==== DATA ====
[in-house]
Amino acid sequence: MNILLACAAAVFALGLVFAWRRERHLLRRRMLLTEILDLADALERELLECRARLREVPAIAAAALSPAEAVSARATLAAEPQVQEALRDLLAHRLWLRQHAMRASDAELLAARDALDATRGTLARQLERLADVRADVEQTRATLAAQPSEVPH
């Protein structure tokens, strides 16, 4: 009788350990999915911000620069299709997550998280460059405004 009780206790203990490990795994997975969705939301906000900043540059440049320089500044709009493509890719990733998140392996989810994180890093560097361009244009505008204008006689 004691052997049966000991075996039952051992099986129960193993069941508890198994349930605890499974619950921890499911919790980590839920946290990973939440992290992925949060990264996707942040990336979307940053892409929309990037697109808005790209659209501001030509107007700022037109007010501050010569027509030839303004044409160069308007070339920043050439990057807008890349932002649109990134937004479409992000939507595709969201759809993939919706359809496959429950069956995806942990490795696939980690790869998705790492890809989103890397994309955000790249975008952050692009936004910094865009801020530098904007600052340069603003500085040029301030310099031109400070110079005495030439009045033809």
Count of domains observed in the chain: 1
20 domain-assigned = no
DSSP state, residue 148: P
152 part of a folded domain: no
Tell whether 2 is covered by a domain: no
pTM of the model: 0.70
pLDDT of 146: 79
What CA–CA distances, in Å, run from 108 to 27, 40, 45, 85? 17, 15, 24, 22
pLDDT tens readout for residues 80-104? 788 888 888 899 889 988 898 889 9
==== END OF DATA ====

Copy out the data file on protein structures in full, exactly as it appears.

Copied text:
[in-house]
Amino acid sequence: MNILLACAAAVFALGLVFAWRRERHLLRRRMLLTEILDLADALERELLECRARLREVPAIAAAALSPAEAVSARATLAAEPQVQEALRDLLAHRLWLRQHAMRASDAELLAARDALDATRGTLARQLERLADVRADVEQTRATLAAQPSEVPH
């Protein structure tokens, strides 16, 4: 009788350990999915911000620069299709997550998280460059405004 009780206790203990490990795994997975969705939301906000900043540059440049320089500044709009493509890719990733998140392996989810994180890093560097361009244009505008204008006689 004691052997049966000991075996039952051992099986129960193993069941508890198994349930605890499974619950921890499911919790980590839920946290990973939440992290992925949060990264996707942040990336979307940053892409929309990037697109808005790209659209501001030509107007700022037109007010501050010569027509030839303004044409160069308007070339920043050439990057807008890349932002649109990134937004479409992000939507595709969201759809993939919706359809496959429950069956995806942990490795696939980690790869998705790492890809989103890397994309955000790249975008952050692009936004910094865009801020530098904007600052340069603003500085040029301030310099031109400070110079005495030439009045033809």
Count of domains observed in the chain: 1
20 domain-assigned = no
DSSP state, residue 148: P
152 part of a folded domain: no
Tell whether 2 is covered by a domain: no
pTM of the model: 0.70
pLDDT of 146: 79
What CA–CA distances, in Å, run from 108 to 27, 40, 45, 85? 17, 15, 24, 22
pLDDT tens readout for residues 80-104? 788 888 888 899 889 988 898 889 9